Songs of the Past, Sounds of the Future
Bright Eyes’ Down in the Weeds, Where the World Once Was
For much of his career, Conor Oberst, the de-facto leader of Bright Eyes, has been labeled everything from the new Dylan, to indie rock’s boy genius, to that “sad emo guy who I listened to in high school.” But what these reductive descriptions don’t accurately portray is the spectrum of sounds Oberst has experimented with since forming Bright Eyes with band members Mike Mogis and Nate Walcott 25 years ago. He’s only 40 years old, but his scope and range is remarkable.
The last Bright Eyes album release was 2011’s The People’s Key with Oberst and company steeped in Rasta influence while trying to figure out their place in the musical (and physical) universe. It was the end of a long run of incredible Bright Eyes albums that started with 2000’s Fevers and Mirrors. In the intervening years between releases, Oberst has released six albums as various side projects, while Mogis and Walcott have spent their time producing albums and touring with the likes of the Red Hot Chili Peppers, respectively.
2020’s Down in The Weeds, Where The World Once Was is an album that feels like its lyrics were written sometime in the last few months. The album’s themes of isolation, collective trauma, and grappling with a world in turmoil have been explored by artists since the beginning of time, but as the world around us crumbles, Bright Eyes’ music erupts like a klaxon in the distance, warning us of what is to come. The album opens with a cacophony of spoken word and instrumentation (as nearly every Bright Eyes album has) and launches into a collection of songs that seem to have been living inside Oberst for many years. Some of Oberst’s best songwriting has come in the past nine years, and Down in the Weeds… feels like the logical culmination of all of the lyrical threads woven in each of those preceding releases.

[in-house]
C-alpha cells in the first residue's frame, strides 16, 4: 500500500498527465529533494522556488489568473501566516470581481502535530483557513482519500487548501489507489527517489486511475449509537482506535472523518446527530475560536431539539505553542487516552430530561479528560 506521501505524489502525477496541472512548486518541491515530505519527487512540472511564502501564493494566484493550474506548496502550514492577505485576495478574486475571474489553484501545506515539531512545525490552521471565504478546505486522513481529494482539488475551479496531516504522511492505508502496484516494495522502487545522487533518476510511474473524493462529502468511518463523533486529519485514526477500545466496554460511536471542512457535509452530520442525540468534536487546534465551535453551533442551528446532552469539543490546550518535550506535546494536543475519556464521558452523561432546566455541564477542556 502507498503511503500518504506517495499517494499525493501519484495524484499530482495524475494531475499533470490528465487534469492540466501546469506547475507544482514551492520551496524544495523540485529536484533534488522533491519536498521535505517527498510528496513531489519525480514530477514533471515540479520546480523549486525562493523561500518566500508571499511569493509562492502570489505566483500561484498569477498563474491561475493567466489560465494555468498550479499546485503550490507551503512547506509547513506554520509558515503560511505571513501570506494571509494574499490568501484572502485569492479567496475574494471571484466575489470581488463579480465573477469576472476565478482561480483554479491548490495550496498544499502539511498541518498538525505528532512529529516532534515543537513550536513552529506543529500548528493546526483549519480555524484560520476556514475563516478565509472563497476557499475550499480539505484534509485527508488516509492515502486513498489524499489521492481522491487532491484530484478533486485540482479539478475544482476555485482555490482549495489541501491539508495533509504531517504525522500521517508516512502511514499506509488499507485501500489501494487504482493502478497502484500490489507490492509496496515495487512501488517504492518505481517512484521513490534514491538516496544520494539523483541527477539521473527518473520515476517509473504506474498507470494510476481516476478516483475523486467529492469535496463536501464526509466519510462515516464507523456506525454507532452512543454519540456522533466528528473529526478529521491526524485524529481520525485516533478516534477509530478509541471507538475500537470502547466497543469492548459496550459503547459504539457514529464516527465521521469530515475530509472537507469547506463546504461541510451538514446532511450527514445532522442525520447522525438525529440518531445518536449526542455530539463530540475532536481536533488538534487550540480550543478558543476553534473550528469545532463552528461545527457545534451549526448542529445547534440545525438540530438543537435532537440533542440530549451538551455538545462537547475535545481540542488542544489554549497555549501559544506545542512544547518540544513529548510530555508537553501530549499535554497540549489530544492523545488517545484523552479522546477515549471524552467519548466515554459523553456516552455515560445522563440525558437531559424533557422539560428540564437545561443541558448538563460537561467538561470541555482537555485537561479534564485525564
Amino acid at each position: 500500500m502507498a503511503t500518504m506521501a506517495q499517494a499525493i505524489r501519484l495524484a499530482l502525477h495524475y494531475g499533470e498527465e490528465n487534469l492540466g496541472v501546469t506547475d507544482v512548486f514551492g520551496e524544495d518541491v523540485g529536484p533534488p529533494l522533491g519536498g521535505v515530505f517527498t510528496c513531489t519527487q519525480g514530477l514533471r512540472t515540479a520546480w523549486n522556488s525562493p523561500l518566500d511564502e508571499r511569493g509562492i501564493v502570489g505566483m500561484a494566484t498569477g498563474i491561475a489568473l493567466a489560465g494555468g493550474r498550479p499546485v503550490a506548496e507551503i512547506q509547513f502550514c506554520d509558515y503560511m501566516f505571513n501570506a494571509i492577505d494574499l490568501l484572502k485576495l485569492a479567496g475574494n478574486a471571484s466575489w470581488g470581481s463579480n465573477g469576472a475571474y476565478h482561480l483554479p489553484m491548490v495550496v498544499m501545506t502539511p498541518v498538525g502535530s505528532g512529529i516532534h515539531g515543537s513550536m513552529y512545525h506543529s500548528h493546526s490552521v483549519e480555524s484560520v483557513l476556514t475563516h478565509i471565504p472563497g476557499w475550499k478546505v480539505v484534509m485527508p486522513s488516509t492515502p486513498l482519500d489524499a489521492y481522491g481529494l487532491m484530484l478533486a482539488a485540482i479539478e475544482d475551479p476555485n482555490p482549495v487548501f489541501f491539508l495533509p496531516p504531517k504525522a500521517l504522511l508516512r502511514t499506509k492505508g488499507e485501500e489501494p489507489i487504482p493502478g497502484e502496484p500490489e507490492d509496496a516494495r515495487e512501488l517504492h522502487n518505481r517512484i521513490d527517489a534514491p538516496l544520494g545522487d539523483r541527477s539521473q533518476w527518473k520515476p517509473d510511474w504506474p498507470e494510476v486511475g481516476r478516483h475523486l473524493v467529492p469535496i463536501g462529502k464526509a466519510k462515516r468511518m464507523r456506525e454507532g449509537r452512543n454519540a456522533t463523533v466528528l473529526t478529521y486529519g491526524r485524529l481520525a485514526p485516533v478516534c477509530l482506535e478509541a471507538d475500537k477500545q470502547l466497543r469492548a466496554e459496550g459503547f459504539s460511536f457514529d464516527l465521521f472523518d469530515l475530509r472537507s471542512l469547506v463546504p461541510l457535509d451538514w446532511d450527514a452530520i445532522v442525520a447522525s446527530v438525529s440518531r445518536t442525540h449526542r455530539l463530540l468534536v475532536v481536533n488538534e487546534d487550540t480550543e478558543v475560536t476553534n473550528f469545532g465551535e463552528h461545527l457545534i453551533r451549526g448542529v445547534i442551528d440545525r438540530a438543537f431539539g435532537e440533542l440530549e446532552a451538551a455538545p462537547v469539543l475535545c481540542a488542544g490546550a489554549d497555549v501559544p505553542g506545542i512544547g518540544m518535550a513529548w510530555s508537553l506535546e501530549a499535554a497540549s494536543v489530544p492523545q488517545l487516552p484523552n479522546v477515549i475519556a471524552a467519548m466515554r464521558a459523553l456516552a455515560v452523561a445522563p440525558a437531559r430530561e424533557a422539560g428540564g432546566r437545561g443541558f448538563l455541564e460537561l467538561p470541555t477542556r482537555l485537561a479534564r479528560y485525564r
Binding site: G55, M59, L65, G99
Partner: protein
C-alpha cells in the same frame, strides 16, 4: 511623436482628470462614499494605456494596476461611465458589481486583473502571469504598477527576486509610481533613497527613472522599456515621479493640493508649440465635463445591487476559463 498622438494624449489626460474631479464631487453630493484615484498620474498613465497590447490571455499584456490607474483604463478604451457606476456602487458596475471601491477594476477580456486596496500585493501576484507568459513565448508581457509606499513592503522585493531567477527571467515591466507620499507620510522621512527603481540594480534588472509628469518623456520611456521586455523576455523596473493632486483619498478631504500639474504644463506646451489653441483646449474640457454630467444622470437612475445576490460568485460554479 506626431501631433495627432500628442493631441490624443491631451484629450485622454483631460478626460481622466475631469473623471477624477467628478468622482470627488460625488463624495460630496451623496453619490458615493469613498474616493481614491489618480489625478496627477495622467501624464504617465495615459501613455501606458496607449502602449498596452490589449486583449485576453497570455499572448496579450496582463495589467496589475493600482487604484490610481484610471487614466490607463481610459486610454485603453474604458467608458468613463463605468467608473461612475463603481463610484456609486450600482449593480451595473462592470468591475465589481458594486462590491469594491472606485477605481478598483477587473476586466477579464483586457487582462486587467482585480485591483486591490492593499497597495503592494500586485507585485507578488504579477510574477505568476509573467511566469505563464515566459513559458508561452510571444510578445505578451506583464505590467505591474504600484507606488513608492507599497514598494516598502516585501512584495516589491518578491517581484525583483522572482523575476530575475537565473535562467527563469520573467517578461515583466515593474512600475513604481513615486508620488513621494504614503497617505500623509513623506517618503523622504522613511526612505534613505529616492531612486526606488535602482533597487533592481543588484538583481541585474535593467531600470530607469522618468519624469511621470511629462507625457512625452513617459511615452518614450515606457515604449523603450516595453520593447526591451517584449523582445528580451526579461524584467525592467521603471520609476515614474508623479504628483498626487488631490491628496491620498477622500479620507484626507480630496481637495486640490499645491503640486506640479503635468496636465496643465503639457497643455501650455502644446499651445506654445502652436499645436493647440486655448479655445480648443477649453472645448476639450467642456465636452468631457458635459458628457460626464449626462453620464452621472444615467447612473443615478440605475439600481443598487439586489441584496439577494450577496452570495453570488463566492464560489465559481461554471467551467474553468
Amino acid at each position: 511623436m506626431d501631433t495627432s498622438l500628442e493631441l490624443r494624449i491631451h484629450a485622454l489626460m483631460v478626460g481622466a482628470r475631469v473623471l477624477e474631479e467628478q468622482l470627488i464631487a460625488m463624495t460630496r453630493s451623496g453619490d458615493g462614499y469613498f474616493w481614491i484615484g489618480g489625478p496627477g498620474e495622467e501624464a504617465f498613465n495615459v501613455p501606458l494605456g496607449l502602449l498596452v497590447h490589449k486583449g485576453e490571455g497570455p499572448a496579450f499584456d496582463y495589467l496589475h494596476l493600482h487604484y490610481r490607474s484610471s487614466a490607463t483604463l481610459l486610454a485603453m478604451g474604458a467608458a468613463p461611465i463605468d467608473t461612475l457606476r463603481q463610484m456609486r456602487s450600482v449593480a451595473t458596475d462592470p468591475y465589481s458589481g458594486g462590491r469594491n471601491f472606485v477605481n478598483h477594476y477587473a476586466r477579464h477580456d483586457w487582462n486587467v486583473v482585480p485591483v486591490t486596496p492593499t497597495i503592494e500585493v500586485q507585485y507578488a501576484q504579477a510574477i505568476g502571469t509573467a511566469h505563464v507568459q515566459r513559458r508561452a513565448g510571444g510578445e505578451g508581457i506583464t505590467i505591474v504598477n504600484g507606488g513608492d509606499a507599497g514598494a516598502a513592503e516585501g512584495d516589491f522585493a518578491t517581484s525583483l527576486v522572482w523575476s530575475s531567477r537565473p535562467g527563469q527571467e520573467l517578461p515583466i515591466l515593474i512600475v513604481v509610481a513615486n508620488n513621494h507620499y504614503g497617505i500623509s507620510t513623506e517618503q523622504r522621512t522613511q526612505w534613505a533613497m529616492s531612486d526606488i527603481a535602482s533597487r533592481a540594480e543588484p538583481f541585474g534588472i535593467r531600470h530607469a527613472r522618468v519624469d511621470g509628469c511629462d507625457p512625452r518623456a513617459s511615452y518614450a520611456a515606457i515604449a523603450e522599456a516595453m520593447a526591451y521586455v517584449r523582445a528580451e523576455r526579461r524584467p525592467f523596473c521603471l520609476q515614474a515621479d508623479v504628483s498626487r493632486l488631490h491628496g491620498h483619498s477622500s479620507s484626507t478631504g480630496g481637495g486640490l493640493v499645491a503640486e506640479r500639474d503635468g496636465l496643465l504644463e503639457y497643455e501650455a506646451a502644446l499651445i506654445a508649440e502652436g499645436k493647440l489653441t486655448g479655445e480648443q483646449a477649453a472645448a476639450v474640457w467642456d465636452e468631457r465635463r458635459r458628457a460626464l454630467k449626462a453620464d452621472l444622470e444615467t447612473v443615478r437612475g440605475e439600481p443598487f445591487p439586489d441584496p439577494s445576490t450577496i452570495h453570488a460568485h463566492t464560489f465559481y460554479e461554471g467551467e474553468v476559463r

While Oberst has stated many times over the years that not every song of his is about his personal life, the songs on this latest album seem to be most certainly autobiographical.
Like all good Oberst efforts, he sings about a break up (“Stairwell Song”), but if you’re looking to find an album full of songs about stolen glances and drug-fueled flings, you will not find them here. Oberst, like all of us in this hellish world, is dealing with a lot. Songs like, “Tilt-A-Whirl,” “Hot Car in The Sun,” and “Forced Convalescence” speak of death, Conor’s divorce, crippling anxiety, and coming to terms with getting older. But it’s not just the lyrics that make this album feel like one you could play from beginning to end on a long car ride; the soundscape of it is sprawling and oftentimes jarring. An eclectic aural journey. Not only do we have Bright Eyes members Mike Mogis and Nate Walcott to thank for that, but also the band employed Flea, (yes, that Flea) to provide some truly great bass licks. It’s a mix of lush string arrangements, ethereal synth sounds, full gospel choir, deep bass grooves, and jangly guitars.
I’ve already spent many hours driving and biking around while listening to this album, and I can’t help but think of my own city, our city, and how full of heartbreak and despair it is.
At the time of writing, there are hundreds of fires burning day and night, the air quality is increasingly poor, and the police just killed an unarmed Black man a little over a week ago. It has been hard not to connect some of these songs to the world around me. When I ride my bike along the LA River Bike Path and see one of my unhoused neighbors who lives along the banks, I think of how they are currently feeling. How would they relate to this album spinning around in my head? Who have they loved? Who have they lost? Are they as angry as I am at that the city that has failed them over and over again?